Control And Prevention Flashcards, test questions and answers
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What is Control And Prevention?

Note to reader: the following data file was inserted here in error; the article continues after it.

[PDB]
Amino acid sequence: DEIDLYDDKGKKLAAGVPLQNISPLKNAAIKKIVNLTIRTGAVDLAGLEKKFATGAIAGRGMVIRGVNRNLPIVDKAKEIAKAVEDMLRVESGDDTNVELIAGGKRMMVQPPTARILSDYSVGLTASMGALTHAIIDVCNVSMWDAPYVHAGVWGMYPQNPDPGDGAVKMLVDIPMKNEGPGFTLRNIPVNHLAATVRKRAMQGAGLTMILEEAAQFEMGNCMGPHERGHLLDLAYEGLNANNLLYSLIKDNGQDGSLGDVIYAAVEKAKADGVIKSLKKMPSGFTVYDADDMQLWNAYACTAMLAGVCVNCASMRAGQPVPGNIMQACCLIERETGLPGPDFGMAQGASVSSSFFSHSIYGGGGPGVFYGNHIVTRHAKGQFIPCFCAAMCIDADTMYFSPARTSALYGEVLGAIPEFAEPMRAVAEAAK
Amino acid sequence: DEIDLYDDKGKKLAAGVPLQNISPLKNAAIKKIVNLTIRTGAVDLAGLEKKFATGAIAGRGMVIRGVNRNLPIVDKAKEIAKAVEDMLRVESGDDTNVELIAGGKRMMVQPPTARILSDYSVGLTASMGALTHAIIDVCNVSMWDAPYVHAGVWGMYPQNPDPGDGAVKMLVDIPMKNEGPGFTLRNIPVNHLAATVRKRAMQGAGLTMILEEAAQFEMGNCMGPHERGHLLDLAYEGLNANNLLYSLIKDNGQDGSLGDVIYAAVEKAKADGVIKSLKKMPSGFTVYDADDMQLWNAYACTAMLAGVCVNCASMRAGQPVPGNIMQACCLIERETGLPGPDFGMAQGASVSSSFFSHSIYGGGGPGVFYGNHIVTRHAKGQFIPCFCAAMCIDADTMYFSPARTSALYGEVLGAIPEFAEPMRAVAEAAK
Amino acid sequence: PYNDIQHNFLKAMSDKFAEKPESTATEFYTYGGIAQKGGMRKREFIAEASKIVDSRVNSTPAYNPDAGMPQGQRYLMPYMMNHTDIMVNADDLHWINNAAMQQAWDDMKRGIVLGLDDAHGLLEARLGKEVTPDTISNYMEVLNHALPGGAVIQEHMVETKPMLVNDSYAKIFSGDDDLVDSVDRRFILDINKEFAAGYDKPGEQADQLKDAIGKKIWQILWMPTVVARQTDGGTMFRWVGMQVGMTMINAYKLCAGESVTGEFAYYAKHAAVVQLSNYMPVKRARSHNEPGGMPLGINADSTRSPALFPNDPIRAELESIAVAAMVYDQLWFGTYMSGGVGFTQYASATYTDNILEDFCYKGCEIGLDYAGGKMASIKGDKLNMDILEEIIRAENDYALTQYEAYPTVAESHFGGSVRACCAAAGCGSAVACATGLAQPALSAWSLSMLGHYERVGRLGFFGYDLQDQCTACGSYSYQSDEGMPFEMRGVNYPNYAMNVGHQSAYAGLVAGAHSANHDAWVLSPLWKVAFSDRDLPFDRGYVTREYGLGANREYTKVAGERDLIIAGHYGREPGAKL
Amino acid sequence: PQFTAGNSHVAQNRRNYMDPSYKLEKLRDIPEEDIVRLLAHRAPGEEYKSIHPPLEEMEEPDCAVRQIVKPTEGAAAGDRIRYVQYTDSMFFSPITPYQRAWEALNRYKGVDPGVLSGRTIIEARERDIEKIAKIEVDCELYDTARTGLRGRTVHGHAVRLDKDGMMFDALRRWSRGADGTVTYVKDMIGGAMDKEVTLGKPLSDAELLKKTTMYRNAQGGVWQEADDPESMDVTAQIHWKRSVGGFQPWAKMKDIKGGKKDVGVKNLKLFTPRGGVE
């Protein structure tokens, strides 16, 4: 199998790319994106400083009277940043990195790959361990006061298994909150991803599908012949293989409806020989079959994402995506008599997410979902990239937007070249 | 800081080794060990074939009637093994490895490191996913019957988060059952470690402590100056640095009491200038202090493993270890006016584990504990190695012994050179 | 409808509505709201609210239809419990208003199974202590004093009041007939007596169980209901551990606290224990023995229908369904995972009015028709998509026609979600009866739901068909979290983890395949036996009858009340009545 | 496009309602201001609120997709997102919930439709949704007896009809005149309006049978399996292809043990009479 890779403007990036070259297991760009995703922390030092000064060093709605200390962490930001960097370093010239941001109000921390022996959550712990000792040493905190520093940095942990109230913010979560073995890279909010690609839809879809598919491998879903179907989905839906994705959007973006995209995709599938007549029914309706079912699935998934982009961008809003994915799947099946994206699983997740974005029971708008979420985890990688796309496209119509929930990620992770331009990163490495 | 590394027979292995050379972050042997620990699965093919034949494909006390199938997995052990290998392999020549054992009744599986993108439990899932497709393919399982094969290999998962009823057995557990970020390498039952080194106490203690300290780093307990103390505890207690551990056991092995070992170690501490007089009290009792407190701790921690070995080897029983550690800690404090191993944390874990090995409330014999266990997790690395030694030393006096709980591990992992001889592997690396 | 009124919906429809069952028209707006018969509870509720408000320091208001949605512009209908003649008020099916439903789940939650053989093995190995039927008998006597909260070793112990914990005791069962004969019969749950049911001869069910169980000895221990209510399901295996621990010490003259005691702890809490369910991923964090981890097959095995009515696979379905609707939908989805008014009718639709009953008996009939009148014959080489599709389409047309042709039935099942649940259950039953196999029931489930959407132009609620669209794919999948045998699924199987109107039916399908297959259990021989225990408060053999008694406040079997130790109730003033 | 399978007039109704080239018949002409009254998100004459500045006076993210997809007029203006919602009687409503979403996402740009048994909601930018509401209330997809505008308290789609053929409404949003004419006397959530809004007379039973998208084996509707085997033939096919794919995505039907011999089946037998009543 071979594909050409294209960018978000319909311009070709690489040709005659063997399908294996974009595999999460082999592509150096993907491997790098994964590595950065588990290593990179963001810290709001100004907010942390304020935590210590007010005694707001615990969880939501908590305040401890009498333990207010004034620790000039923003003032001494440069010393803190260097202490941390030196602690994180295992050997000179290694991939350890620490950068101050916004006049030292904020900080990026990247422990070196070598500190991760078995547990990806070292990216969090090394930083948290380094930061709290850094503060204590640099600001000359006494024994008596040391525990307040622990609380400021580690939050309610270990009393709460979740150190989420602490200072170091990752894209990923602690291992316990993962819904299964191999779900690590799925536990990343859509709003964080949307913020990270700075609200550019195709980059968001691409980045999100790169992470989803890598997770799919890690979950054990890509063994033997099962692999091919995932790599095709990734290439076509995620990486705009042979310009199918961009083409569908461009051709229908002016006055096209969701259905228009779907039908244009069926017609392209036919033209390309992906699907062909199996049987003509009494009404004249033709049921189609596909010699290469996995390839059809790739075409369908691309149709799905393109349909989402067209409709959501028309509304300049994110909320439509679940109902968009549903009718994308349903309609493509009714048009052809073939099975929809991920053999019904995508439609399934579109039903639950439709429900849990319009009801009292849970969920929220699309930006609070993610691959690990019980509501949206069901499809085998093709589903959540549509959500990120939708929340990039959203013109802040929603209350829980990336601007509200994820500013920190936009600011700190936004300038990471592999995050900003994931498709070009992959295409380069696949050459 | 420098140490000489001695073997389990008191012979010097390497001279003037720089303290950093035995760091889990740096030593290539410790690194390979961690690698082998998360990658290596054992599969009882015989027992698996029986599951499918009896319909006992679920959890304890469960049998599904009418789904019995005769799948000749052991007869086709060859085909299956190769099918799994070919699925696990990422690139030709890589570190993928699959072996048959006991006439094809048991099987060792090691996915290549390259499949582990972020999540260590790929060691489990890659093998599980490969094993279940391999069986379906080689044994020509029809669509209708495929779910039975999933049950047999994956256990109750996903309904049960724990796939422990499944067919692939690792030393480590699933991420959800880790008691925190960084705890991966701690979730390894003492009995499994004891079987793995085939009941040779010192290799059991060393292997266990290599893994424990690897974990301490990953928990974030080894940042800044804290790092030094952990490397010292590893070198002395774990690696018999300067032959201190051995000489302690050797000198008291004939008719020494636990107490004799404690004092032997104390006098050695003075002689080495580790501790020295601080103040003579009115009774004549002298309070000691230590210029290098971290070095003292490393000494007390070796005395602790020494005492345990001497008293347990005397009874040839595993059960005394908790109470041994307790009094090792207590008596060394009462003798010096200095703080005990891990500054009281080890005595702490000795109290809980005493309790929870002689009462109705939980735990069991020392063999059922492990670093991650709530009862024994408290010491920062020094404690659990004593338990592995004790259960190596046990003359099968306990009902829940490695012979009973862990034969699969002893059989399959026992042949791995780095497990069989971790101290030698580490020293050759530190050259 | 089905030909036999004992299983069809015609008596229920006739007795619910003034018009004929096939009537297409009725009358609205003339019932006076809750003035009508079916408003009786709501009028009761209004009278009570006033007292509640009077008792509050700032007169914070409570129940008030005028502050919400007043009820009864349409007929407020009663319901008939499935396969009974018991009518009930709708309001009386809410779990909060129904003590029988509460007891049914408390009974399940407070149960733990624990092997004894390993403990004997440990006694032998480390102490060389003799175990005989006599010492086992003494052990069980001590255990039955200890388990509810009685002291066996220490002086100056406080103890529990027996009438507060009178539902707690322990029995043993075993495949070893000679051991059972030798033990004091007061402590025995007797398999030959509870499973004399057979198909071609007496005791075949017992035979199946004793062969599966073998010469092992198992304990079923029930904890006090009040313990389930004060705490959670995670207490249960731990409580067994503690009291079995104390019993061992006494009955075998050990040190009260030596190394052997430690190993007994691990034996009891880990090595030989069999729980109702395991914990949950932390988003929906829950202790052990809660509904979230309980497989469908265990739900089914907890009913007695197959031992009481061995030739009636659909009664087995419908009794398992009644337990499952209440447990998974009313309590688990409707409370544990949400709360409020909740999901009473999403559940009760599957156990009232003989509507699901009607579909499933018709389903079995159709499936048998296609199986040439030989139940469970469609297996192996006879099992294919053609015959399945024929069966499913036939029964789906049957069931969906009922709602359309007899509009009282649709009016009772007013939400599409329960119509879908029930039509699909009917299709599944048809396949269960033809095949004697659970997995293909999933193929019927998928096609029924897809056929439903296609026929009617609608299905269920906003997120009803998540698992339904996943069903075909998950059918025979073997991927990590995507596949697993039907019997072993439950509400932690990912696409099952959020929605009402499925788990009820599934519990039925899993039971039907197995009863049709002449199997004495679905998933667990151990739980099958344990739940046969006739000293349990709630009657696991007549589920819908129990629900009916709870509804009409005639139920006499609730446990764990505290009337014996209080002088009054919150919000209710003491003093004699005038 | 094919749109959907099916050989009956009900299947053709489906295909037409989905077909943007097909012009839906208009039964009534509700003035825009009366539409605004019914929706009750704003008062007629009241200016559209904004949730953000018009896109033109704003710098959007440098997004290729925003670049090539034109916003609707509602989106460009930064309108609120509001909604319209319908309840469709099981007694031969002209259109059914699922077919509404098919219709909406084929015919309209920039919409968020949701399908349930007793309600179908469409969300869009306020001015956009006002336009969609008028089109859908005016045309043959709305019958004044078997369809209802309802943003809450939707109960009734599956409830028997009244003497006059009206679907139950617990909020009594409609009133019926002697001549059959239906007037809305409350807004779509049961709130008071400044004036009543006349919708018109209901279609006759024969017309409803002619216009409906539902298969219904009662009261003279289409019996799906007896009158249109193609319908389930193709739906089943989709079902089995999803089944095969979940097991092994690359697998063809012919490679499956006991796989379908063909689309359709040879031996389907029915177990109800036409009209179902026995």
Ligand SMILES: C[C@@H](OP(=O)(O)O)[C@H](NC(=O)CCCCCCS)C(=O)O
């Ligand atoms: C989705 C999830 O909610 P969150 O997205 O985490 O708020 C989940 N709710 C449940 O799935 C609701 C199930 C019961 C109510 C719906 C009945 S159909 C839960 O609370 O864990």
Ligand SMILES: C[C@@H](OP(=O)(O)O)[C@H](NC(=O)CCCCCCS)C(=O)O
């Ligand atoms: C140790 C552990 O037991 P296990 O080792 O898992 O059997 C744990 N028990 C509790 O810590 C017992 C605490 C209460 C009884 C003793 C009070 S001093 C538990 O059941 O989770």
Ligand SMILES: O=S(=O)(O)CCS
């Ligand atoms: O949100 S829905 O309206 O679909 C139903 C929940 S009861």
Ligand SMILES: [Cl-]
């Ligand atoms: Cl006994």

Control and prevention of diseases is an important part of public health. It helps keep people healthy and prevent the spread of deadly illnesses like influenza, HIV/AIDS, malaria and more. Control and prevention initiatives can range from vaccinations to quarantine measures such as contact tracing. These measures are designed to reduce the incidence of new infections in a population by identifying cases quickly, isolating those affected, providing treatment as soon as possible, and preventing further transmission through education campaigns.Vaccination is one of the most effective control and prevention methods for many infectious diseases. Vaccines usually contain either weakened or killed forms of a virus or bacteria that stimulate the body’s immune system to recognize it when encountered again in real life so that it can ward off infection without causing illness itself. Vaccines are typically administered before exposure to a disease so that individuals have immunity prior to being exposed in real life; this protects them if they do come into contact with the disease-causing organism later on down the line.In addition to vaccines, control and prevention efforts also include other measures such as screening tests for certain types of cancer or sexually transmitted diseases (STDs) like Chlamydia or Gonorrhea, along with early detection programs for conditions like diabetes or heart disease which can be managed better if caught early on. Other efforts may involve implementing mosquito control procedures to reduce vector-borne illnesses like malaria or West Nile virus or distributing free condoms at high schools in order to help decrease rates of teen pregnancy due to sexual activity among students there. Finally, another form of disease control involves quarantining individuals who have been infected with an illness until they no longer pose a risk for infecting others; this could mean isolating someone in their home until all symptoms have cleared up completely (if medication was prescribed) or confining them within a hospital setting where doctors can monitor them more closely for any signs that their condition might worsen over time instead. Quarantine is especially important during times when outbreaks occur because it limits how far an agent spreads throughout society before it gets brought under control again via medical intervention such as vaccination campaigns amongst those still susceptible within said area(s).